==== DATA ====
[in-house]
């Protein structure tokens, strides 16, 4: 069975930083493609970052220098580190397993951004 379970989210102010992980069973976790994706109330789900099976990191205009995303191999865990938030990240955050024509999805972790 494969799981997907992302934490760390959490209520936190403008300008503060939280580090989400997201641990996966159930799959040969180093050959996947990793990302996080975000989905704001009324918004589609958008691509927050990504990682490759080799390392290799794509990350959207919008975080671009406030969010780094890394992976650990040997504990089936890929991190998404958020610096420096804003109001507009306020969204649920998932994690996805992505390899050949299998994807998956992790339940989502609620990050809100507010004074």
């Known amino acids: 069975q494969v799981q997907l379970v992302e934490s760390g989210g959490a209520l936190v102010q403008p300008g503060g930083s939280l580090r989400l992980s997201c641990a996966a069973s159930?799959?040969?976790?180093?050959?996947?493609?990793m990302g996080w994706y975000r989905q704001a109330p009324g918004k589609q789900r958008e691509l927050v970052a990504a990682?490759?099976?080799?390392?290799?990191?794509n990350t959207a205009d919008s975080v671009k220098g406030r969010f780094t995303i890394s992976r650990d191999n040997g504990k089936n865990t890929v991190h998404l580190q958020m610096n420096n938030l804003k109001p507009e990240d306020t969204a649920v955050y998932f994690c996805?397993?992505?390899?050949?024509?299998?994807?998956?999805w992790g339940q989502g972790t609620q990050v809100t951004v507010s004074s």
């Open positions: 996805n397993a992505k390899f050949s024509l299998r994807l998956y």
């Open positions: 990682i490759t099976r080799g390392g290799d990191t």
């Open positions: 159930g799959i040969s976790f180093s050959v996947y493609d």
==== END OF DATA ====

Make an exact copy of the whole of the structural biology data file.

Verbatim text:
[in-house]
């Protein structure tokens, strides 16, 4: 069975930083493609970052220098580190397993951004 379970989210102010992980069973976790994706109330789900099976990191205009995303191999865990938030990240955050024509999805972790 494969799981997907992302934490760390959490209520936190403008300008503060939280580090989400997201641990996966159930799959040969180093050959996947990793990302996080975000989905704001009324918004589609958008691509927050990504990682490759080799390392290799794509990350959207919008975080671009406030969010780094890394992976650990040997504990089936890929991190998404958020610096420096804003109001507009306020969204649920998932994690996805992505390899050949299998994807998956992790339940989502609620990050809100507010004074």
């Known amino acids: 069975q494969v799981q997907l379970v992302e934490s760390g989210g959490a209520l936190v102010q403008p300008g503060g930083s939280l580090r989400l992980s997201c641990a996966a069973s159930?799959?040969?976790?180093?050959?996947?493609?990793m990302g996080w994706y975000r989905q704001a109330p009324g918004k589609q789900r958008e691509l927050v970052a990504a990682?490759?099976?080799?390392?290799?990191?794509n990350t959207a205009d919008s975080v671009k220098g406030r969010f780094t995303i890394s992976r650990d191999n040997g504990k089936n865990t890929v991190h998404l580190q958020m610096n420096n938030l804003k109001p507009e990240d306020t969204a649920v955050y998932f994690c996805?397993?992505?390899?050949?024509?299998?994807?998956?999805w992790g339940q989502g972790t609620q990050v809100t951004v507010s004074s």
């Open positions: 996805n397993a992505k390899f050949s024509l299998r994807l998956y």
């Open positions: 990682i490759t099976r080799g390392g290799d990191t």
């Open positions: 159930g799959i040969s976790f180093s050959v996947y493609d």